The 1988 Boston Red Sox season was the 88th season in the franchise's Major League Baseball history. The Red Sox finished first in the American League East with a record of 89 wins and 73 losses, but were then swept by the Oakland Athletics in the ALCS.
|1988 Boston Red Sox|
|1988 AL East Champions|
|Major League affiliations|
|General manager(s)||Lou Gorman|
|Manager(s)||John McNamara (W-43; L-42) and Joe Morgan (W-46; L-31)|
|Local television||WSBK-TV, Ch. 38|
(Sean McDonough, Bob Montgomery)
(Ned Martin, Jerry Remy)
|Local radio||WPLM-FM 99.1|
(Ken Coleman, Joe Castiglione)
(Bobby Serrano, Hector Martinez)
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|Boston Red Sox||89||73||0.549||—||53–28||36–45|
|Toronto Blue Jays||87||75||0.537||2||45–36||42–39|
|New York Yankees||85||76||0.528||3½||46–34||39–42|
1988 American League Records
Sources:              
The 1988 team seemed to start much better than their chaotic 1987 season as evidenced by their 14-6 record in April; however, the team went sour thereafter specially for Jim Rice as he moved from left field to designated hitter. Dwight Evans also had problems when he played first base; usually reliable Lee Smith had problems including when he gave up a game-winning home run against the Tigers on Opening Day. The Red Sox would have an 11-16 record in May.
The team would have a slightly better June with a 14-12 record, but lost Jeff Sellers when he was hit by a line drive in Cleveland and broke his hand. Wes Gardner was moved from the bullpen to become a starter, but the team and its fans were losing patience.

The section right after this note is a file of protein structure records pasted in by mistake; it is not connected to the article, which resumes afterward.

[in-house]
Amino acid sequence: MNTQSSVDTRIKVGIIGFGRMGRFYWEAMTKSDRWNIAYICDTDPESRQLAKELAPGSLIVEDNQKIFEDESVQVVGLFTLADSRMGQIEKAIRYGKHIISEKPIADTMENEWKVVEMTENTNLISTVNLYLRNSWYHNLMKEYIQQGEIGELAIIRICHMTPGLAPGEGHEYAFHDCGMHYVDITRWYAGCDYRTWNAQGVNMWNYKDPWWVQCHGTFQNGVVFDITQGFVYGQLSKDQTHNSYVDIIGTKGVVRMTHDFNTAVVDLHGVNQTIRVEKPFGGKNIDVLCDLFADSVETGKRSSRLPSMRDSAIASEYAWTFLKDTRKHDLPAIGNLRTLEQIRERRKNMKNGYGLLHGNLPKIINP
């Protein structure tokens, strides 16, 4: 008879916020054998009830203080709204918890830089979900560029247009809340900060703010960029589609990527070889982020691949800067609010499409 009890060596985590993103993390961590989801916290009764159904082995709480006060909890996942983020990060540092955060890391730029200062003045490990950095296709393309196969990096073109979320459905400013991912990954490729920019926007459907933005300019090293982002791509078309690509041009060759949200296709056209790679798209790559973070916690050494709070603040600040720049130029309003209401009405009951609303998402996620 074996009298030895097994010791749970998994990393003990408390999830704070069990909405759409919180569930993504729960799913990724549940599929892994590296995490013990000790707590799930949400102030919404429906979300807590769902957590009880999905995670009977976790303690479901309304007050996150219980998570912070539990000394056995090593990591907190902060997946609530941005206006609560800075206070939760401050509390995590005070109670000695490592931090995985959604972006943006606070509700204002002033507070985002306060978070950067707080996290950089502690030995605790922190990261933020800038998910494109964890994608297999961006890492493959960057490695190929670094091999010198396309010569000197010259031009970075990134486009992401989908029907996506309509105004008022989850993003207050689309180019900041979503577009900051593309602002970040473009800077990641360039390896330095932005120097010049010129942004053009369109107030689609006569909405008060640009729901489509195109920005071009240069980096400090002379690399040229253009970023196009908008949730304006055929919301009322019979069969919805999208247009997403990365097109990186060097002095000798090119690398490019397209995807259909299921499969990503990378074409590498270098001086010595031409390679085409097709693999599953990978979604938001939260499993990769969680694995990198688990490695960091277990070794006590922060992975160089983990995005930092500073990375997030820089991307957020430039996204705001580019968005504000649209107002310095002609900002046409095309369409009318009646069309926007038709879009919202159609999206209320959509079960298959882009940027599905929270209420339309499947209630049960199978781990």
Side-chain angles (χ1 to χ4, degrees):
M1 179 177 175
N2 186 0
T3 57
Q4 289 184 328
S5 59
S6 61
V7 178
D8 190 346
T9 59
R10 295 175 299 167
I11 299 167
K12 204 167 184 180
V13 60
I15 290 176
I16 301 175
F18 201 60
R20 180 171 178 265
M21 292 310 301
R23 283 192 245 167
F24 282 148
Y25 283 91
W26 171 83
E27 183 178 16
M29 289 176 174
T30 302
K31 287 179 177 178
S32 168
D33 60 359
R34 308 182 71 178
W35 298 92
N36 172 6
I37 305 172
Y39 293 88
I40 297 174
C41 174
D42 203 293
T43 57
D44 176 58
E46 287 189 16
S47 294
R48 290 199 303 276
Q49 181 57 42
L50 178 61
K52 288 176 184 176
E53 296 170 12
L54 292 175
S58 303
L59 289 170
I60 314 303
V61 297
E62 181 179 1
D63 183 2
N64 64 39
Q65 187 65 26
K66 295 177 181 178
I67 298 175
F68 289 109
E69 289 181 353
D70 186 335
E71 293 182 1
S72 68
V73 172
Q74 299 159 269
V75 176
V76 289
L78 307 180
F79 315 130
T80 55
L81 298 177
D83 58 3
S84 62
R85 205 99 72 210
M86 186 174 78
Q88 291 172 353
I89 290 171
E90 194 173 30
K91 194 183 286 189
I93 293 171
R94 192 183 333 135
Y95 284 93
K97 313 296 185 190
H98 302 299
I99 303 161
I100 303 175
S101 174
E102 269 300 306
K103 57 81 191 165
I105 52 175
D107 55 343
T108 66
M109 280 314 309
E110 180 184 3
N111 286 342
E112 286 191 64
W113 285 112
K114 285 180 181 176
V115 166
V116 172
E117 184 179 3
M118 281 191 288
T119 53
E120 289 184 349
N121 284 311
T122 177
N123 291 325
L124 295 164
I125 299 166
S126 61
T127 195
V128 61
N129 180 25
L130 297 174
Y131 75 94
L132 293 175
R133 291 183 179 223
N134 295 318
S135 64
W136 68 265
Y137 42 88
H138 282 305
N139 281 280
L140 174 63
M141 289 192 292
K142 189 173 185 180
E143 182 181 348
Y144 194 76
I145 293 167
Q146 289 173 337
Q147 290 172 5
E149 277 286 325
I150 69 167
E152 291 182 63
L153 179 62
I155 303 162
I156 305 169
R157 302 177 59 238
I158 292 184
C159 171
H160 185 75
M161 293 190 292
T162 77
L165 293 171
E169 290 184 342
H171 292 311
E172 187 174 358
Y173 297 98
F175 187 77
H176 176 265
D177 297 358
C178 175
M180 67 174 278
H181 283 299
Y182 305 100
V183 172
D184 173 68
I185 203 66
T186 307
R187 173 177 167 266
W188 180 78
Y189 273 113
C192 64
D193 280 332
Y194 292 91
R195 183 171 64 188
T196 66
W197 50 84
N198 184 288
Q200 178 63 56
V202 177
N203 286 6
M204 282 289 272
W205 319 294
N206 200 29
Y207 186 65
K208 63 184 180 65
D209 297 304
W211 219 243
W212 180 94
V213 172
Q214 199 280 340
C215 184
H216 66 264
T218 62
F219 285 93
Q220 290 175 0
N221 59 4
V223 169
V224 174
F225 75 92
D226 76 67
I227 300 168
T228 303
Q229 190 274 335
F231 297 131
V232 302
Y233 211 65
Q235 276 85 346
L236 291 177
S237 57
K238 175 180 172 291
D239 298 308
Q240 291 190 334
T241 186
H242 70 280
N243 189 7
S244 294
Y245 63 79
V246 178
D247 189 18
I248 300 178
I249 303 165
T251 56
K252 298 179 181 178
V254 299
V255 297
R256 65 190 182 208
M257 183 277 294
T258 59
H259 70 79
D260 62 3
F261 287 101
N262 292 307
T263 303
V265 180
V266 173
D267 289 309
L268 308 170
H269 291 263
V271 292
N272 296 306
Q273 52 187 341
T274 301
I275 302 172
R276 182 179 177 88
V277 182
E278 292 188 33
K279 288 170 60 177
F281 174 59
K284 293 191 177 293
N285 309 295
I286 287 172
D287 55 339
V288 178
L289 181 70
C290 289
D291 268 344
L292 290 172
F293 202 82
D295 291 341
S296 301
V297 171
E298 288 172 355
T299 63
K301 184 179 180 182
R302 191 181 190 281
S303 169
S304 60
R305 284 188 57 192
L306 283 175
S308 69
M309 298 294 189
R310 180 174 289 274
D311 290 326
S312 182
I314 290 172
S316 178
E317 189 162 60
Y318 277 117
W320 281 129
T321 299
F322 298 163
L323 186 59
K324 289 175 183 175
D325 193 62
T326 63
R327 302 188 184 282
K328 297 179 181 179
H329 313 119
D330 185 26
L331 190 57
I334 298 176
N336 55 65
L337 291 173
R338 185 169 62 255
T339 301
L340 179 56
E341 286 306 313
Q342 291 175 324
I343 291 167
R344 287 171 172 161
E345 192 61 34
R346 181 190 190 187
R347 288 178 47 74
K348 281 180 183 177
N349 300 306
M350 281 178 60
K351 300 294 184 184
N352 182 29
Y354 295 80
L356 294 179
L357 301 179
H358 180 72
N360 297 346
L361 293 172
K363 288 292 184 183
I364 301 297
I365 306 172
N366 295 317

At the All-Star break the Red Sox were 43-42, 9 games behind the front running division champion Detroit Tigers. But management had seen enough, and fired John McNamara and hired 58-year-old Joe Morgan as their manager. On July 15, the Red Sox and Roger Clemens beat Bret Saberhagen's Kansas City Royals 3-1 in the first game of a doubleheader to begin a 12-game winning streak that launched them to first place over the slumping Yankees and Tigers. The Red Sox would later set an American League record of 24 straight home victories. 60 days after Morgan became Red Sox manager they were 81-63 and 4.5 games ahead of first.
After a bad road trip to Toronto, the Sox came to Yankee Stadium up by 4, and won 2 out of 3 to just about clinch the A.L. East title. Unfortunately, the hitting slump the team had been in for a while reasserted itself, and the Sox lost 3 to Toronto in Boston, but they crushed the Indians on September 29 to clinch a tie for first. The Yanks and Milwaukee lost the next day, and the division title was Boston's. Their 2nd A.L. East title in 3 seasons.
The team held an old-timers game on May 14, before a scheduled home game against the Seattle Mariners. The alumni game marked the 40th anniversary of the 1948 Red Sox team, which had lost a one-game playoff to the Cleveland Indians. The visiting (non-Red Sox) alumni team, skippered by Lou Boudreau—who had been player-manager of the 1948 Cleveland squad—prevailed by an 8–2 score, led by four RBIs from former Pittsburgh Pirate Manny Sanguillén.
|1988 Boston Red Sox|